Walt Kuhn bigraphy, stories - American painter

Walt Kuhn : biography

October 27, 1877 - July 13, 1949

Walt Kuhn (October 27, 1877 – July 13, 1949) was an American painter and an organizer of the famous Armory Show of 1913, which was America's first large-scale introduction to European Modernism.


Walt Kuhn is best remembered today for his key role in planning the Armory Show. Ironically, a man who was in the forefront of the modern movement and was seen as an advocate of adventurous new art in 1913 came to be labelled, because of his on-going commitment to representation, a conservative artist by future generations of art historians.A critical but not unsympathetic account of Kuhn's art and its changes over the years can be found in Milton Brown, pp. 141-144. Brown writes: "Kuhn's Expressionism is conservative, but it has emotional depth." Nevertheless, he holds a place in American art history as a skilled cartoonist, draughtsman, printmaker, sculptor and painter. Although he destroyed many of his early paintings, his works that remain today are powerful and are a part of most major American art collections.

His portraits of circus and vaudeville entertainers are some of the most memorable, confidently painted works of twentieth-century American art. They are reminiscent of commedia dell'arte actor portraits done by the French masters centuries earlier. The Tragic Comedians ((1916) in the collection of the Hirshhorn Museum and The White Clown (1929) in the collection of the National Gallery of Art are intense, arresting images and are among his most respected paintings.


Kuhn was born in New York City in 1877. Growing up near the Brooklyn docks in a working-class family, he was exposed to a range of rough, colorful waterfront experiences in his youth and, though he loved to draw, nothing in his background suggested a future career in art. Kuhn's first jobs were as a proprietor of a bicycle repair shop and as a professional bike racer. At fifteen, though, Walter Kuhn sold his first drawings to a magazine and began to sign his name “Walt.” In 1893, deciding that he would benefit from some formal training, he enrolled in art classes at the Brooklyn Polytechnic Institute.Biographical information for this entry is taken from Philip Rhys Adams.

In 1899, Kuhn set out for California with sixty dollars in his pocket. Upon his arrival in San Francisco, he became an illustrator for WASP Magazine. It was at this time that he decided, if wanted to grow and eventually make a living as an artist, he should expose himself to the Old Masters and the modern artists of Europe. In 1901, at the age of twenty-four, Kuhn left for Paris. There he studied briefly art at the Académie Colarossi before leaving to the Royal Academy in Munich. Once in the capital of Bavaria, he studied under Heinrich von Zugel (1850–1941), a member of the Barbizon School. He went on sketching trips in the Netherlands and toured the museums of Venice. During his two-year stay abroad, Kuhn also saw for the first time the work of the Impressionists and Post-Impressionists.Adams, pp. 14-15.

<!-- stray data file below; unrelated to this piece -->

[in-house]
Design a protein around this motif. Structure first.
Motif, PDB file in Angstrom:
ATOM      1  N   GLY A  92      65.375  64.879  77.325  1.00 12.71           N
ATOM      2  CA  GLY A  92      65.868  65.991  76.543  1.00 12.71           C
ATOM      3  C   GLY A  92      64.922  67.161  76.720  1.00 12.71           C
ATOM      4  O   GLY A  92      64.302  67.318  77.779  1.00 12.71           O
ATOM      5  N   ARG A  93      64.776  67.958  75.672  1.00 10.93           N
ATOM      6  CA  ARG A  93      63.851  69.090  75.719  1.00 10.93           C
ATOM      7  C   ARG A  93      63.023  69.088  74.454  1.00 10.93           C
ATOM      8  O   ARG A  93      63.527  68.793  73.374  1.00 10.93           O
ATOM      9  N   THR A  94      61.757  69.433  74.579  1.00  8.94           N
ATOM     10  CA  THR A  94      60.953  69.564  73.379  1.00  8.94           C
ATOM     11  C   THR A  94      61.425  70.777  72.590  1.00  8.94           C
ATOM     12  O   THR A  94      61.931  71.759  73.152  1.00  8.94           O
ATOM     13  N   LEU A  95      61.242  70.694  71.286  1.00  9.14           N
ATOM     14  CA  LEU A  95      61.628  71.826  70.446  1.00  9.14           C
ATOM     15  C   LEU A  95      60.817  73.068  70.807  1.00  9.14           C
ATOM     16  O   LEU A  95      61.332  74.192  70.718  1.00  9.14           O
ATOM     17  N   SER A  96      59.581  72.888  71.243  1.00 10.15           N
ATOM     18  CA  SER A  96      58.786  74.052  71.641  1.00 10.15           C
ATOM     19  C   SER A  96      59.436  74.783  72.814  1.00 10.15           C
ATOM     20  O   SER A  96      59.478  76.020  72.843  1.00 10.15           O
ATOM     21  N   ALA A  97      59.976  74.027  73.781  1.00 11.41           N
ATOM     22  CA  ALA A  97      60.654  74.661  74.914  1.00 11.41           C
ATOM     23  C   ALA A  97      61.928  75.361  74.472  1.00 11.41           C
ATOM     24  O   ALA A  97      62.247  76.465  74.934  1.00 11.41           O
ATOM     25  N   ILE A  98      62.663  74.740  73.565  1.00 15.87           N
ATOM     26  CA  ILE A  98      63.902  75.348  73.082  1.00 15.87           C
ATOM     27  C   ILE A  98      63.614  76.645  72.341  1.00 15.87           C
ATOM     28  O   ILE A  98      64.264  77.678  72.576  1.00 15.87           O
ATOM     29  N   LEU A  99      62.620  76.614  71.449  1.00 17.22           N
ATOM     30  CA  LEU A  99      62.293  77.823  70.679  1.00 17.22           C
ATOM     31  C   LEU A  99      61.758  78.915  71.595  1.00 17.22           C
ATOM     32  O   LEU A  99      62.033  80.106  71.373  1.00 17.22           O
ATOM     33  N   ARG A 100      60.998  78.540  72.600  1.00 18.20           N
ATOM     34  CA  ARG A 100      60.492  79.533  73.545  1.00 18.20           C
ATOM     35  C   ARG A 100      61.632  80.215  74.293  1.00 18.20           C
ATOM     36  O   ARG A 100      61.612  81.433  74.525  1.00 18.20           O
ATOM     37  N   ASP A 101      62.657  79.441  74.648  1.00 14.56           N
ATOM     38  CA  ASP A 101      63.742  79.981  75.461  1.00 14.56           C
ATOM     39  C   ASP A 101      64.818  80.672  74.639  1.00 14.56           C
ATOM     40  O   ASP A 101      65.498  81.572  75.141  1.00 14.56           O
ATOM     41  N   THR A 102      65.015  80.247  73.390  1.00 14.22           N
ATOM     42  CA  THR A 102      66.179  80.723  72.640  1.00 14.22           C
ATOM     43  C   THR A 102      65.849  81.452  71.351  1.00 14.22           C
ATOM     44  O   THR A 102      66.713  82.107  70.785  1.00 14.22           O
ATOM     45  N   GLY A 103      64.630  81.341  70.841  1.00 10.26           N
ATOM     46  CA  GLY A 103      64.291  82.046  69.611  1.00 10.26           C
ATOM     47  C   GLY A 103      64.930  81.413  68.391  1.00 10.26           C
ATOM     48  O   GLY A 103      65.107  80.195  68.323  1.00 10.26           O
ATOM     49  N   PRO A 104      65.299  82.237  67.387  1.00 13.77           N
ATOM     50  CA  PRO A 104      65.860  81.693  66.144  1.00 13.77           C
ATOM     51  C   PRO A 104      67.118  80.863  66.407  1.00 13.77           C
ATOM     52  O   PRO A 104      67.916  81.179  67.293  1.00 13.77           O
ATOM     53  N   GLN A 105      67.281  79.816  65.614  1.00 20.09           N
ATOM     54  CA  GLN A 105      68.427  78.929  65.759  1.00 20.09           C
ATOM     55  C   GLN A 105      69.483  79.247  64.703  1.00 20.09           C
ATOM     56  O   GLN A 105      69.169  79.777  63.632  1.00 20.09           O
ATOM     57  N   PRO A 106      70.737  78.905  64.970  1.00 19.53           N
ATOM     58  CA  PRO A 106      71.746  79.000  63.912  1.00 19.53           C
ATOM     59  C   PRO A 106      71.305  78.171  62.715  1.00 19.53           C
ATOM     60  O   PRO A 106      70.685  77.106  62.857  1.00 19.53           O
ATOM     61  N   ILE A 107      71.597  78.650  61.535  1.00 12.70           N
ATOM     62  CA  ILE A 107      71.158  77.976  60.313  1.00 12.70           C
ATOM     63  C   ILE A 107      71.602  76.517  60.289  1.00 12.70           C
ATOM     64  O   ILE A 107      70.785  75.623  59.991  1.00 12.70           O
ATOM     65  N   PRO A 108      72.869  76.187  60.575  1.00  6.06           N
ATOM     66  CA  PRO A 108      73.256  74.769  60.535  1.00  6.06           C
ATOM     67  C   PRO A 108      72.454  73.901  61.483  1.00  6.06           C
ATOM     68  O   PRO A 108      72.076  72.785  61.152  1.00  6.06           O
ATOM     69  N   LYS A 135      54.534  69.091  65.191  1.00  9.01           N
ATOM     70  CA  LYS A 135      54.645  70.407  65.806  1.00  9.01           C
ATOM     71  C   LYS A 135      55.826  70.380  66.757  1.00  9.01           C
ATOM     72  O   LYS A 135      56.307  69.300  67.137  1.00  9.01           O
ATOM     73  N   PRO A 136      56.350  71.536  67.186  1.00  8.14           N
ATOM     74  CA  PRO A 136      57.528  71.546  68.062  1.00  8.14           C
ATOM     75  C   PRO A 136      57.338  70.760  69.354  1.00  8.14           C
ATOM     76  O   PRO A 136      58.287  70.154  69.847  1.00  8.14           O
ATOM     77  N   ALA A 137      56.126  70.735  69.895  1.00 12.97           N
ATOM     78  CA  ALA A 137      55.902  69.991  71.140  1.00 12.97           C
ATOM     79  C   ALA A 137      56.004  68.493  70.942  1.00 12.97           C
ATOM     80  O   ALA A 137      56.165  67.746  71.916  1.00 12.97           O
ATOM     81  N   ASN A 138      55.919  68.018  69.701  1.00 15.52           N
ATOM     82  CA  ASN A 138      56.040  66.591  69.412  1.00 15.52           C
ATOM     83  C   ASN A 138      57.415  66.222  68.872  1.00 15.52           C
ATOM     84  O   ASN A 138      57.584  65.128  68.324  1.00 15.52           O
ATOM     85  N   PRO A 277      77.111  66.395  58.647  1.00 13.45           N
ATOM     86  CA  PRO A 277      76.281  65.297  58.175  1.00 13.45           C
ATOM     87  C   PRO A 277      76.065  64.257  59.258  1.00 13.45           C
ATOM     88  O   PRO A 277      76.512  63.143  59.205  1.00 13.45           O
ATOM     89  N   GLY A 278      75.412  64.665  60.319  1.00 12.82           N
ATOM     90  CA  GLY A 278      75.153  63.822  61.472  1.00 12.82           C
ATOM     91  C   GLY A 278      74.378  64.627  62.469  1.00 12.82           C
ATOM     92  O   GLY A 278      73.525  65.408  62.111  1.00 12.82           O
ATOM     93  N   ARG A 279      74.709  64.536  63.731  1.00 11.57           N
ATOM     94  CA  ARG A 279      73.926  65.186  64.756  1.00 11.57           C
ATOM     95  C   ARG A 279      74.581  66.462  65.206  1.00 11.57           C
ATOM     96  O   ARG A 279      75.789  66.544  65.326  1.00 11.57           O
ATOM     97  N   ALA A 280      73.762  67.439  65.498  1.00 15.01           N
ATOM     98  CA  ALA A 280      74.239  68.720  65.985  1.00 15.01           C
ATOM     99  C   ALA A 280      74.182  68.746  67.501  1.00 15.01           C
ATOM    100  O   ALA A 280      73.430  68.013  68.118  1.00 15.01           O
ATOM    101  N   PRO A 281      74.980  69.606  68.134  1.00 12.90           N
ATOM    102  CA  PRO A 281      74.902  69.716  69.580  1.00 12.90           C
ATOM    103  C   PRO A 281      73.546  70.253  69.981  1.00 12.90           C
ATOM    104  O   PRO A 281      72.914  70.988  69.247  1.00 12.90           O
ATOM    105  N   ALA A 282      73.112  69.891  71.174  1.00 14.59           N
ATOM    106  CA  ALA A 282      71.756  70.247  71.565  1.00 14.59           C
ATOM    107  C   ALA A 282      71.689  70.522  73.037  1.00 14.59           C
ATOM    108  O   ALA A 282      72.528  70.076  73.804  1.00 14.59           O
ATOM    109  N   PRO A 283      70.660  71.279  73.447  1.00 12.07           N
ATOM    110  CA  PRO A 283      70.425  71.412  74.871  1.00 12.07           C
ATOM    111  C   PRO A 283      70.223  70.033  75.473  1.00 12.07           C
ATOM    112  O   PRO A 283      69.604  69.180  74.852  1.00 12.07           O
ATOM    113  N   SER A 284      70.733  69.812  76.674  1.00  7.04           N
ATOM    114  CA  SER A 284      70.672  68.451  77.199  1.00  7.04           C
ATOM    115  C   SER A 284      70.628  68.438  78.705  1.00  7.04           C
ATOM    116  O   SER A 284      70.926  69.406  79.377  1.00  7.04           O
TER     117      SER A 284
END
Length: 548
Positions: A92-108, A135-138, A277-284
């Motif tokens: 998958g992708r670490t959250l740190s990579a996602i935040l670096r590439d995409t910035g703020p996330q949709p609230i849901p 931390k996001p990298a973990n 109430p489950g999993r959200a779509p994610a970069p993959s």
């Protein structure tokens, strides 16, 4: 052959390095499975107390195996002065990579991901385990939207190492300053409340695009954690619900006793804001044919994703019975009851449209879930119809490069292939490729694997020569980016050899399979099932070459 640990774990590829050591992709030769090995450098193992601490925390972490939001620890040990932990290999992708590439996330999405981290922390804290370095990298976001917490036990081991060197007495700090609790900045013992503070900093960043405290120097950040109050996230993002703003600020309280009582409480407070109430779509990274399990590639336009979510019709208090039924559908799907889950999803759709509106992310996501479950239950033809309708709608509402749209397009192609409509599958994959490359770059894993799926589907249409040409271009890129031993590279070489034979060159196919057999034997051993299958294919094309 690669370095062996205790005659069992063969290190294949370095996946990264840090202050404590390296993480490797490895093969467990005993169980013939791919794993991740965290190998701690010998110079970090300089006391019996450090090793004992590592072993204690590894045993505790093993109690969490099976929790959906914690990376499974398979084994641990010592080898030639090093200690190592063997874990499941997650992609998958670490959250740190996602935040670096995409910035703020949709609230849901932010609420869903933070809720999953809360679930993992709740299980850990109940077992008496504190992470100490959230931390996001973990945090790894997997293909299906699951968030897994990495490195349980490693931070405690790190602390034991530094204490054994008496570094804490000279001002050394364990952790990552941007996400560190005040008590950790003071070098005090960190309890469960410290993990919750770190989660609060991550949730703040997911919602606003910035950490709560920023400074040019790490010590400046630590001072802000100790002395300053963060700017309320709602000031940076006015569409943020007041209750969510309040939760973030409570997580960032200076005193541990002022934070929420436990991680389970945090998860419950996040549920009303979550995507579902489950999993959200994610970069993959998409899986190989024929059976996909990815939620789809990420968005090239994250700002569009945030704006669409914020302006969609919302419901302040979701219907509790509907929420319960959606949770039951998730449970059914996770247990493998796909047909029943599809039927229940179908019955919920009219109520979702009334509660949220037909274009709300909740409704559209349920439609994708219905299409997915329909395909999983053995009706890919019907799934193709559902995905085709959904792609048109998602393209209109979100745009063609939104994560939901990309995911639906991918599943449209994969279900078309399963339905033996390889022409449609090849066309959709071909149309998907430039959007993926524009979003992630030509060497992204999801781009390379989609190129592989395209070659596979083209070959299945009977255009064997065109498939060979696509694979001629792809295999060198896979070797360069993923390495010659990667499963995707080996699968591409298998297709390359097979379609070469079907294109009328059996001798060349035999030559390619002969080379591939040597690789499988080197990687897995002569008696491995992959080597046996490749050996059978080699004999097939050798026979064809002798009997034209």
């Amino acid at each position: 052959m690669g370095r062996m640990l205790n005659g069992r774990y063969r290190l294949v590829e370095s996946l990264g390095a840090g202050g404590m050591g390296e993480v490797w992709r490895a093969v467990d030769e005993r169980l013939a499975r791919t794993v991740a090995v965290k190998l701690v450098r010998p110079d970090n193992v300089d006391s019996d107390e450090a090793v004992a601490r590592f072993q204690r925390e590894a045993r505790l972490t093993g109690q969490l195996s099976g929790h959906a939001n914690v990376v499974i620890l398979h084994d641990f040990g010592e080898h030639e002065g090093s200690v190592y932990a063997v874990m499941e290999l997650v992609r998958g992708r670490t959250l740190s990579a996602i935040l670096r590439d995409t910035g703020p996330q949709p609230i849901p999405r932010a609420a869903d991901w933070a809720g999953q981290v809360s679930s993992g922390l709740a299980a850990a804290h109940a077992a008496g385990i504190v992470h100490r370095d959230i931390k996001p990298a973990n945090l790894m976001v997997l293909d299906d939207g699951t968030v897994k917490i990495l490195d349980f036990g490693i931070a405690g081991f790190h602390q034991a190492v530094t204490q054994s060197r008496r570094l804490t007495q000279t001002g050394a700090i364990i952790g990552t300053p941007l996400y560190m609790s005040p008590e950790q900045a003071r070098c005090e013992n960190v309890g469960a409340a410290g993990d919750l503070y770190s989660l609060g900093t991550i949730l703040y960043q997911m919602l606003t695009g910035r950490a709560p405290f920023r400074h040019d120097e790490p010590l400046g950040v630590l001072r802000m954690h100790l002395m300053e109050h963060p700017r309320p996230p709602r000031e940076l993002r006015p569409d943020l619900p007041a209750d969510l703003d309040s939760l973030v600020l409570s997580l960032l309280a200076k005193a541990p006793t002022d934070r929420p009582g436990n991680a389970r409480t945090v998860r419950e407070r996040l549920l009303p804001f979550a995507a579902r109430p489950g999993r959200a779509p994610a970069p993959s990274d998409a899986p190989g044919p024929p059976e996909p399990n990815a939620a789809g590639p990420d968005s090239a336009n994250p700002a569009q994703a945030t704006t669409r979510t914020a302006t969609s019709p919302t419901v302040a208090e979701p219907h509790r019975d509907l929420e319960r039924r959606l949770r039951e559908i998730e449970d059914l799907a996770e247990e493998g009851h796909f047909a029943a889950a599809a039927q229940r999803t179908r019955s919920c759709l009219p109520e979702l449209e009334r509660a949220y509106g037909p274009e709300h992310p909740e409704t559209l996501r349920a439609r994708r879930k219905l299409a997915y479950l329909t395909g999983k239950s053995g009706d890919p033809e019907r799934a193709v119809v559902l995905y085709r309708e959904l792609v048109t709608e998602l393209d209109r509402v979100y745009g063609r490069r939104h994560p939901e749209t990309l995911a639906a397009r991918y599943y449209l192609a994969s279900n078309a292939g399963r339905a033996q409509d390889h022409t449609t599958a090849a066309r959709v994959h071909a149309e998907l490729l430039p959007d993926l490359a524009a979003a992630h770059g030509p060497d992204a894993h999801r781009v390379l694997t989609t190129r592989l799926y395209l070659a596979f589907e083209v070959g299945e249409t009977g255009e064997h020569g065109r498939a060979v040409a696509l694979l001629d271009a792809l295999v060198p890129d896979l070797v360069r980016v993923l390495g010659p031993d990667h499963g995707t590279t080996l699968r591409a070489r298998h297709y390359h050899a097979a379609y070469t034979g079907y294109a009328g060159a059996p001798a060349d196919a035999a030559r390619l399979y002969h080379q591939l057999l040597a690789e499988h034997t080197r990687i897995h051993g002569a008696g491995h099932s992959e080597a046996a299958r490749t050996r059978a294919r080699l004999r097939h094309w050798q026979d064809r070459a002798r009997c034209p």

In 1903, he returned to New York and was employed as an illustrator for local journals. In 1905, he held his first exhibition at the Salmagundi Club, establishing himself as both a cartoonist and a serious painter. In this same year, he completed his first illustrations for Life magazine.

When the New York School of Art moved to Fort Lee, New Jersey in the summer of 1908, Kuhn joined the faculty. However, he disliked his experience with the school, and at the end of the school year, he returned to New York. There, he married Vera Spier. Soon after, a daughter, Brenda Kuhn, was born. An important friendship was formed at this time with artist Arthur Bowen Davies, who would also play a significant role in American art history.Adams, p. 30. The relationship between Kuhn and Davies is chronicled in Bennard B. Perlman, The Lives, Loves, and Art of Arthur B. Davies (Albany: State University Press of New York, 1998).

In 1909, Kuhn had his first solo exhibition in New York. In the following years, he took part in founding the Association of American Painters and Sculptors, the organization ultimately responsible for the Armory Show. Kuhn acted as the executive secretary and was delegated as one of the men to find European artists to participate. He, Davies, and artist Walter Pach made a whirlwind tour of Europe in 1912 to find the best and most audacious examples of new art to introduce to New York audiences. The Armory Show of 1913, which displayed both European and American modernist art, resulted in both an historic controversy and a long-range triumph. Smart and sensational publicity, combined with strategic word-of-mouth, resulted in attendance figures of over 200,000 and over $44,000 in sales, far exceeding anyone's expectations for the venture.McShea, Megan, . Archives of American Art, Smithsonian Institution. After its New York venue, the Armory Show toured, receiving widespread attention, in Chicago and Boston. "Kuhn had a talent for promotion," art critic Robert Hughes has noted.Robert Hughes, American Visions: The Epic History of Art in America (New York: Knopf, 1997), p. 354. This unprecedented exhibition had demonstrated that Americans might be receptive to modern art and that there was a large potential market for it; Kuhn played a major role in a transformative cultural event.Kuhn's essay "The History of the Armory Show" is reprinted in Arts Magazine (Summer 1984), pp. 138-141. The definitive account of the Armory Show remains art historian Milton Brown's study of the show's inception, organization, and reception.

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